cross blogIt’s the time of the month for some writerly discussion on craft. Today, author and writing mentor Sydney Smith and I discuss the literary technique of foreshadowing.

SYDNEY:
Foreshadowing is the seeding of minor precursors to some greater event in a story. This is how believability is created. If you want the reader to believe an event in your story that might not seem altogether credible, foreshadow it and the reader will believe it. Even if the major event is already believable, foreshadowing will draw the reader in and make it even more convincing.

Snow FlowerFor example, Snow Flower and the Secret Fan is set in Old China, where every aspect of life is arranged according to strict rules and customs. The narrator, Lily, has a special friendship with Snow Flower, one that was arranged especially to improve Lily’s marriage prospects. In fact, this friendship is dearer to Lily than the wealthy marriage she enters into as a girl of seventeen. But at the climax of the story, Lily humiliates Snow Flower out of jealous vengeance, and she loses the one relationship in her life that matters more to her than any other. Without foreshadowing, this climax might have been unbelievable, since Lily loves Snow Flower. Why would she do such a thing to the woman who matters most to her? Lisa See foreshadows it in a confrontation between Lily and her mother, one that reveals her vengeful spirit. She acts spitefully in this confrontation, and thus, her greater spitefulness in humiliating Snow Flower in the climax is foreshadowed. We have seen her behave vengefully once before. So at the climax, when the story needs us to believe it without question, we do thanks to foreshadowing.

JENNY:
Foreshadowing 1I see foreshadowing as a two-part affair―first the hint (or hints), then the payoff. If a jewellery store is to be robbed, there might be a suspicious customer in the day before. If a man is to leave his wife, he might be reluctant to make holiday plans. Keeping the hint and payoff firmly linked in my mind, will make the setup more straightforward. Sometimes I write myself notes about it. And the more significant the payoff event, the earlier I like to plant hints.

As a reader, I always love when crucial events are deftly foreshadowed. That Ahh, I get it! moment is immensely satisfying. The classics are full of them. In John Steinbeck’s Of Mice And Men, the killing of Candy’s old dog hints at the later killing of Lennie. In Macbeth, Shakespeare uses the witches and their prophecies to foreshadow events. They warn that ‘fair is foul and foul is fair’. In Romeo and Juliet, Juliet complains to her nurse ‘My grave is like to be my wedding-bed.’ And in the wonderful Charlotte’s Web, Charlotte the spider explains to Wilbur that all living things eventually die. This foreshadows the main plot conflict, which is saving Wilbur from the slaughterhouse. Charlotte weaves a web over the barn door with a message that startles the humans into sparing Wilbur’s life. In the process of spinning her web, Charlotte expends all her energy and dies, just as she had hinted to Wilbur at the beginning of the story.

foreshadowing 2I will often read a novel containing clever foreshadowing a second time, in order to fully appreciate the author’s skill. But as a writer, I find it a fine line to tread. Too blatant a hint might give the game away. Too subtle, and readers might not make the connection at all. These days I err on the side of subtle. Readers are clever and sophisticated creatures! Sometimes writers forget this.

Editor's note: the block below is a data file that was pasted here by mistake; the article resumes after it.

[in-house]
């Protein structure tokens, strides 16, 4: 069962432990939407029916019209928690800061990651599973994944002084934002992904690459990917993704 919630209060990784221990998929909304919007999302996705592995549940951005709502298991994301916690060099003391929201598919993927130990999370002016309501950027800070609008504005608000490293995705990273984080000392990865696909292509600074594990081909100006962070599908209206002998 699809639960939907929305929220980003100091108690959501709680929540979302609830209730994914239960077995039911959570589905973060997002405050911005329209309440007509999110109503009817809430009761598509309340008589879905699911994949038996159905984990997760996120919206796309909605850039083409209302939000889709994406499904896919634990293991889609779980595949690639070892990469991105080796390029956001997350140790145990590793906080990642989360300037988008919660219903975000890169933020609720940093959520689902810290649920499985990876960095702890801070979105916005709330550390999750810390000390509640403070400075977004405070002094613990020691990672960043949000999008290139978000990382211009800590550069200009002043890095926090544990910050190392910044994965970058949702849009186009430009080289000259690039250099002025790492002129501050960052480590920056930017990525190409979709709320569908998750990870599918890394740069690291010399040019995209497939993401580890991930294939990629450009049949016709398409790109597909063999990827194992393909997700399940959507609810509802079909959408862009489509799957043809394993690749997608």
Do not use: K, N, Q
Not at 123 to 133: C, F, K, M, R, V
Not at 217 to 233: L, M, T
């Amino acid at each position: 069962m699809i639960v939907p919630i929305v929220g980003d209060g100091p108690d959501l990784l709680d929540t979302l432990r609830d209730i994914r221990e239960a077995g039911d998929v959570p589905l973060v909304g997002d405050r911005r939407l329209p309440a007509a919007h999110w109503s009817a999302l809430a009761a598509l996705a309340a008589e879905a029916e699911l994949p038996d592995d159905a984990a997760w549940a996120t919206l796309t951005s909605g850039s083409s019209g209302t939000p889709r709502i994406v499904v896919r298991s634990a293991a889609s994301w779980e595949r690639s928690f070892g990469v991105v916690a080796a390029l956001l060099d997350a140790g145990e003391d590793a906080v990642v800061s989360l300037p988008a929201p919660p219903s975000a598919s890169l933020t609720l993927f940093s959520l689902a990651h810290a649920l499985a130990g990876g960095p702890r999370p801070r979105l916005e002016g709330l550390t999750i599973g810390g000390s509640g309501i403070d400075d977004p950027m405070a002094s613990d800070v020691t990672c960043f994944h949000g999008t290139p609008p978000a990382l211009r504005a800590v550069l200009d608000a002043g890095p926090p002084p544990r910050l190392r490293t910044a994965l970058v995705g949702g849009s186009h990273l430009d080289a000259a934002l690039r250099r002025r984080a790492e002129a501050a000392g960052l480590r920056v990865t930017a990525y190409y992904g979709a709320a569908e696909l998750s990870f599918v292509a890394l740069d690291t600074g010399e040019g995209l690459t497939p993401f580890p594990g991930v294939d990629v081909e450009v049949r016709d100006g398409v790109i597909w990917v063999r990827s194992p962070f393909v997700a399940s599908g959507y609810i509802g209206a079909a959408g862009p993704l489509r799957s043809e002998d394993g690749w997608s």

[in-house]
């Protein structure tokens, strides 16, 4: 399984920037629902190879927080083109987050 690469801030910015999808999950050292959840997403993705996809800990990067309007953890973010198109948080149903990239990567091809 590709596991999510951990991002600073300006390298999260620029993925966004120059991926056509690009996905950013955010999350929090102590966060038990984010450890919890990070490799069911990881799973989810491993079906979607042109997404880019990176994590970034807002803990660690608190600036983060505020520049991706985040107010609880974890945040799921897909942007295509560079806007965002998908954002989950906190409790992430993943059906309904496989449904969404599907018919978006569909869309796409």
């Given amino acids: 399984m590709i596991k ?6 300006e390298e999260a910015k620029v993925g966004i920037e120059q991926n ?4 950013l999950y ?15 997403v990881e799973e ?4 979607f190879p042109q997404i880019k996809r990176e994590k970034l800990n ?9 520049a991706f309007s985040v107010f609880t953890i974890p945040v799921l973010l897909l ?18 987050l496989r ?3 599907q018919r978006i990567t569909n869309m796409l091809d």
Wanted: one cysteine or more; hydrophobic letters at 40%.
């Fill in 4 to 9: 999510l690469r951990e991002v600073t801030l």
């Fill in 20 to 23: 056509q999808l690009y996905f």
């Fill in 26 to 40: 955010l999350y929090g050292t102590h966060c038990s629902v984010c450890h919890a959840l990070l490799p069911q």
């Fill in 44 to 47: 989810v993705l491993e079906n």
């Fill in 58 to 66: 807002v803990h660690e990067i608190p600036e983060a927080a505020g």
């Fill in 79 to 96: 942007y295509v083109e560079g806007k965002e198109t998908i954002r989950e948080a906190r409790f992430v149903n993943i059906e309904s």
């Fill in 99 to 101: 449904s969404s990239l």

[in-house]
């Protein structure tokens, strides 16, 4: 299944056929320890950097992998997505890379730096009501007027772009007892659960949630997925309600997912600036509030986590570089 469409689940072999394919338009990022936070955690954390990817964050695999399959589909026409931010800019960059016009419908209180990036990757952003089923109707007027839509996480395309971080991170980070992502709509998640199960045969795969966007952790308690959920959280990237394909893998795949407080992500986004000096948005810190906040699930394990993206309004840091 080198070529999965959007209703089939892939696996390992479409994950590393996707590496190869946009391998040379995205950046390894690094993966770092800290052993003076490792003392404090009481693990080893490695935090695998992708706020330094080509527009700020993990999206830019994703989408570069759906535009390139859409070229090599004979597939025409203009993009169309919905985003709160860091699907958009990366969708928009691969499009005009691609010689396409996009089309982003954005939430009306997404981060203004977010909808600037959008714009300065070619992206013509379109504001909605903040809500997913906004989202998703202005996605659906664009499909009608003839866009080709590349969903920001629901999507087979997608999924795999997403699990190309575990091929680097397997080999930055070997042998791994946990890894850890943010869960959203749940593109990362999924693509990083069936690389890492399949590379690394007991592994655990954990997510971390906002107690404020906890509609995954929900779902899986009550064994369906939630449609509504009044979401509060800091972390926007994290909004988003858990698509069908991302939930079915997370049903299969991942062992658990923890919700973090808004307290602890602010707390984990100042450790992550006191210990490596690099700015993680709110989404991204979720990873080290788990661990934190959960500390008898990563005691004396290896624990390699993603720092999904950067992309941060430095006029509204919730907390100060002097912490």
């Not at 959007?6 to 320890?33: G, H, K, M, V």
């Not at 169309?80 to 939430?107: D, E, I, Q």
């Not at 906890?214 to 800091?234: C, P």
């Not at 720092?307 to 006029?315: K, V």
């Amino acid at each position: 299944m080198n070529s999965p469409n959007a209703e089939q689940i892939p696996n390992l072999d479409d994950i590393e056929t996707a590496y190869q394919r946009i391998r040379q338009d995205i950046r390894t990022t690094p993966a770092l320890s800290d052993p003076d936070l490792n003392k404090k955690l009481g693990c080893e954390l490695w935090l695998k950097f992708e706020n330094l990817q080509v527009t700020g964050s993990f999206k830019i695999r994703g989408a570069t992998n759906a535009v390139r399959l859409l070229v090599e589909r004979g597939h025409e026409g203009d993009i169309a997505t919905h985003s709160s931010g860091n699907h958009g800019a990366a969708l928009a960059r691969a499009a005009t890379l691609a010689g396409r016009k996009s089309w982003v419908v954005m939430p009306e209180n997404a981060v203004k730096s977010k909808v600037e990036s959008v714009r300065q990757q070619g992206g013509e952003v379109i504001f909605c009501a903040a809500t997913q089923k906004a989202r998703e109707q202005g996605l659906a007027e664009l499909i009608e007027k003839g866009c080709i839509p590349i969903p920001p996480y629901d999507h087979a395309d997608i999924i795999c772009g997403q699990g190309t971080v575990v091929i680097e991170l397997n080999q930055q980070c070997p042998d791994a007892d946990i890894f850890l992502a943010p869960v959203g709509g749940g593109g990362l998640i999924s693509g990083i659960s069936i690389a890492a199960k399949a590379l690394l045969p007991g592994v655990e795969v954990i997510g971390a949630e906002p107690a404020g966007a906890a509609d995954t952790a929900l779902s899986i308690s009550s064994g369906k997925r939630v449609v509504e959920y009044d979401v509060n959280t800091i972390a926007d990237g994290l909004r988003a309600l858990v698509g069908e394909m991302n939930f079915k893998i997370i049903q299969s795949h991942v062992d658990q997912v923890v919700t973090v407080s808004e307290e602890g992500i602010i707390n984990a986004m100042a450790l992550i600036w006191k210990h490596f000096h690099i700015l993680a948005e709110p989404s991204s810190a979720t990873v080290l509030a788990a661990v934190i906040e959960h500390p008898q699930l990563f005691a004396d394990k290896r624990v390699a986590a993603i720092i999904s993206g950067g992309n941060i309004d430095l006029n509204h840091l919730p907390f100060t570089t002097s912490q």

Of course the wonderful thing about foreshadowing is that you don’t have to get it right the first time. It’s rare to nail it in a first draft. I’ve often gone back through a manuscript and added clues. That’s when a good chapter summary document – a road map – comes into its own. Sometimes too, my editor suggests I either tone down or ramp up the foreshadowing. It takes a lot of practice.

SYDNEY:
foreshadowing 3The funny thing about foreshadowing is that if done well, it happens all the way through. EVERYTHING is foreshadowed. You realise this if you study closely the favourite novels that you read again and again. I’ve been studying Snow Flower with one of my students and we keep stumbling across instances of foreshadowing. It becomes the cement that glues a narrative together. It makes the story stronger, more solid. It putties in the gaps.

Foreshadowing is not to be confused with predictability, though. Predictability arises out of clichéd characters who act in clichéd ways. Foreshadowing is the trail of breadcrumbs you follow, not realising they’re breadcrumbs. You think the forest is thick with trees, that the way stumbles right and left. But in fact there is a path, and that path is foreshadowing.

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Tribute To The ‘Shark Lady’ on International Women’s Day

Eugenie Clark 1Today is International Women’s Day – the perfect time to celebrate the contribution women make to conservation around the world. In keeping with the theme of my upcoming release, Turtle Reef, I’m celebrating the life of an ocean hero. Dr Eugenie Clark inspired the character of zoologist Zoe King in my upcoming release.This wonderful woman, who died last week at 92, was an author and pioneering marine biologist known as the ‘Shark Lady’. She dedicated her life to shark research, while defying social expectations about women’s roles in science. When you see a shark underwater, you should say ‘How lucky I am to see this beautiful animal in its environment.’ Comments like this helped dispel widely held fears of this misunderstood predator.